A Fiasco in the War on Drugs

Reports published last weekend raise questions about detective oversight in the Queens Narcotics division.

According to the reports, three Queens narcotics detectives are accused of filing false charges that they bought $100 worth of cocaine from four men at Delicias de Mi Tierra, a bar in Elmhurst. The cops are being investigated and face up to seven years in prison if they are brought up on criminal charges.

Two hours of video taken inside and outside the club show the cops bought nothing from the men on the night of Jan. 4. The charges against the four have been dropped. Two of the detectives have been placed on modified duty, according to the New York Post, and the third has joined the Nassau County Police Department.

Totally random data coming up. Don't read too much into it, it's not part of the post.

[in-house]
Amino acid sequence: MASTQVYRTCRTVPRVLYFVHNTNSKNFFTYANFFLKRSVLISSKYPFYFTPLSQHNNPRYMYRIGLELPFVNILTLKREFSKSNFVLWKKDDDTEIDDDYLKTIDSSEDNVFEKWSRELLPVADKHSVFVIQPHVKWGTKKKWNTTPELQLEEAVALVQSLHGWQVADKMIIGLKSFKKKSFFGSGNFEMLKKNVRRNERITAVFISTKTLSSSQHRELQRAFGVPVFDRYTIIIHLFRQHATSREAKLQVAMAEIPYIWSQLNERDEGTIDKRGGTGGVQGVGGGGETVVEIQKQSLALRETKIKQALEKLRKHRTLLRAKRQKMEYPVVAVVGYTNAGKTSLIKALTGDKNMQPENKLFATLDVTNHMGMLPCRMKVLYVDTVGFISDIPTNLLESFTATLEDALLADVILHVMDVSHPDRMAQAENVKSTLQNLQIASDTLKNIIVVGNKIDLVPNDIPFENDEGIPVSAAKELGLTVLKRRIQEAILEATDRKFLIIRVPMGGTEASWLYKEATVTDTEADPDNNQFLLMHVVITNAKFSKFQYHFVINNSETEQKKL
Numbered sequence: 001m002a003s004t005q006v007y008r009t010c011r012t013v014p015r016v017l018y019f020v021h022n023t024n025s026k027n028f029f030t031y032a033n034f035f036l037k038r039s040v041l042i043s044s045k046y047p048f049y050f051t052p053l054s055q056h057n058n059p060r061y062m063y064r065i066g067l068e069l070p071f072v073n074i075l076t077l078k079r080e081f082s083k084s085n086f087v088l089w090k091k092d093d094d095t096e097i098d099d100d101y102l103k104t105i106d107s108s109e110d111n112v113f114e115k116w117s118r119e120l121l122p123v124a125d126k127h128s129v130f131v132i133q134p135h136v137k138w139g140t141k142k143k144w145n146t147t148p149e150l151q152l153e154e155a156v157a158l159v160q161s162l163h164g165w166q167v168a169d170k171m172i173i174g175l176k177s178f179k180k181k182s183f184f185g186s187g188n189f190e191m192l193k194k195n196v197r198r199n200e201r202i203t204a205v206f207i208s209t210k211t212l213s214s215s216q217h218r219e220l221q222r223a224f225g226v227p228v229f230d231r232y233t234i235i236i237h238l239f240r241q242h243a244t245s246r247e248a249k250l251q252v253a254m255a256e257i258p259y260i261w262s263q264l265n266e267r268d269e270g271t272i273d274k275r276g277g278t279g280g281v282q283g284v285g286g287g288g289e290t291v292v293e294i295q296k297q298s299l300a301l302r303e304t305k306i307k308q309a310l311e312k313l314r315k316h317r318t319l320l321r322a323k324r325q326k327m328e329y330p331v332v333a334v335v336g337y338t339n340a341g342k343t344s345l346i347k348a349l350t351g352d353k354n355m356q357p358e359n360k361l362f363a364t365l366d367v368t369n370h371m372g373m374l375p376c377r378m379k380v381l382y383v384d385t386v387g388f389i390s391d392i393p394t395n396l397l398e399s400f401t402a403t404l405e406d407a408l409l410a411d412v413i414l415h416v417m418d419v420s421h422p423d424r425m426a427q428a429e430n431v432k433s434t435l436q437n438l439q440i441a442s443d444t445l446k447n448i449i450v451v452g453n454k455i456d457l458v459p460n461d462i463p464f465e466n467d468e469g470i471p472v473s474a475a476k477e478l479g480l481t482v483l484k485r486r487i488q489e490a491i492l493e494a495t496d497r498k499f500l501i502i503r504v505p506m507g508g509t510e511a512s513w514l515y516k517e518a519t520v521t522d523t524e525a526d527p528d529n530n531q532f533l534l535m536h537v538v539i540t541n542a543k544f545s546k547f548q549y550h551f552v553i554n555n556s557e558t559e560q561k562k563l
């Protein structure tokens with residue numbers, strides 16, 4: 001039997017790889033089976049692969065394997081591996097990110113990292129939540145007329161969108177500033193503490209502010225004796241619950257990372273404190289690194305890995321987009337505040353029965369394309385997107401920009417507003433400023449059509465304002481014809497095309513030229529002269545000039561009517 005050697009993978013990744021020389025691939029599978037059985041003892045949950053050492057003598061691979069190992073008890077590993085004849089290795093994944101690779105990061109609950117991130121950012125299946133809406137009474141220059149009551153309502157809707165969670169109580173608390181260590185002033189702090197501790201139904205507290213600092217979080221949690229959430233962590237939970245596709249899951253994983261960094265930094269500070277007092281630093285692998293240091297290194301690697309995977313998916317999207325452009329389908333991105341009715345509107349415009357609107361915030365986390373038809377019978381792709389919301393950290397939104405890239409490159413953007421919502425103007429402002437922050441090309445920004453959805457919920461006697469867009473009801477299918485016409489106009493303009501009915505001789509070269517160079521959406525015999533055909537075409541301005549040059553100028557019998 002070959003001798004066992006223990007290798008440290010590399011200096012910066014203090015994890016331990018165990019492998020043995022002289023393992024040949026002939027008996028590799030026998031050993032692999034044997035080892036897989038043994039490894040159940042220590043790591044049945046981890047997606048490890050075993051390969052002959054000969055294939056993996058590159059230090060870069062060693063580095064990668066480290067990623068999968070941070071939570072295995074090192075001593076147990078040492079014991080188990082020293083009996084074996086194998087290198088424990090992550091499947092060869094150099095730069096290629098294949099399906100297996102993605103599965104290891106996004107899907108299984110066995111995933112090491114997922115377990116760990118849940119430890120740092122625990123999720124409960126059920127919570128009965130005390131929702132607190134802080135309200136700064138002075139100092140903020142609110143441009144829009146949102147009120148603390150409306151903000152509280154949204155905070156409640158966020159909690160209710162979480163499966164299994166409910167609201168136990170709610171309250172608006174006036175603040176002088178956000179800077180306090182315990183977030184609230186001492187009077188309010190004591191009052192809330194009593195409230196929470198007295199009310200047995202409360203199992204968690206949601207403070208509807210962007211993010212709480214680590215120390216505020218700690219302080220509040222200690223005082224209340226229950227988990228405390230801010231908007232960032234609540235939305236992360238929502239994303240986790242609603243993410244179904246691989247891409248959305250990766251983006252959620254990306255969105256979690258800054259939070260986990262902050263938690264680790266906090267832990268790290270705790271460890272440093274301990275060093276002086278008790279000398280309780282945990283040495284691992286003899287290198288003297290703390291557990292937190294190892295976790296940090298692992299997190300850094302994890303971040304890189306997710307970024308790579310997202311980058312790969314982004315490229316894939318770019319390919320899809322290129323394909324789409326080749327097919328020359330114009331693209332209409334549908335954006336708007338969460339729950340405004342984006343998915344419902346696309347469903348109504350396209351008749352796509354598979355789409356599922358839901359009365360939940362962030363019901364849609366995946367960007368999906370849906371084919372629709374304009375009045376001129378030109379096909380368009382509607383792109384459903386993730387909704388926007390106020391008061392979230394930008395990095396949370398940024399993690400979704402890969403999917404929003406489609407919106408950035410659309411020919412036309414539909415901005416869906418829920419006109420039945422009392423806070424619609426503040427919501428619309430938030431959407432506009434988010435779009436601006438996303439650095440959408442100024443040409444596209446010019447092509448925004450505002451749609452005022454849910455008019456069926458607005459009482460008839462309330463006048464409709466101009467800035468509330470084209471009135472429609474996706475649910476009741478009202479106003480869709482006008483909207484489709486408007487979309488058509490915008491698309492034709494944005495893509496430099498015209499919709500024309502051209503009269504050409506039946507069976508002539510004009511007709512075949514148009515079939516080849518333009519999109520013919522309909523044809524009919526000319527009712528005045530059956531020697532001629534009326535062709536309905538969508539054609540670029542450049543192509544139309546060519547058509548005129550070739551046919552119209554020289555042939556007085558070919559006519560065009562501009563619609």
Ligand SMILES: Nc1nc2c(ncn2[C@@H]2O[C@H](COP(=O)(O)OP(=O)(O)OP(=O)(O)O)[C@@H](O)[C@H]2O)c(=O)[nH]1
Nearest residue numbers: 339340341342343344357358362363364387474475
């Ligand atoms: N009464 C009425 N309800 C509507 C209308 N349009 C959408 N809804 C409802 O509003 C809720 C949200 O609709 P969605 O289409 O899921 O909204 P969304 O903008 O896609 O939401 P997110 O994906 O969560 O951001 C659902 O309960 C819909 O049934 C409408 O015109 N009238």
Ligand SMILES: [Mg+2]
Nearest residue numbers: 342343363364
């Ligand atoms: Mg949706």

Jose Colon lost his supermarket after the arrest. “I just don't know why they would do this to us. They know who deals drugs on the street, and they just made up everything,” he said.

The defendants have been through six months of hell. It took that long because Colon, who retrieved the tapes, and his attorney had scheduling problems for two months before they met and showed the footage to prosecutors.

The assistant prosecutors evidently never thought to ask about video surveillance. The district attorney has said that the incident may show that better training is necessary.

An attorney representing the defendants said, “No one should be shocked by this. The narcotics investigation system is out of control.”

We hope he is wrong. But facts that have emerged in this incident are shocking. The safeguards that should be in place to protect honest citizens over aggressive and false prosecutions did not work.

At least two of the four defendants are suing the city for the damage done to them. New Yorkers will likely shell out millions they could have used for schools and other public works.

These officers' arrests must be reviewed. The process will cost the city money and the dealers who belong behind bars will walk.

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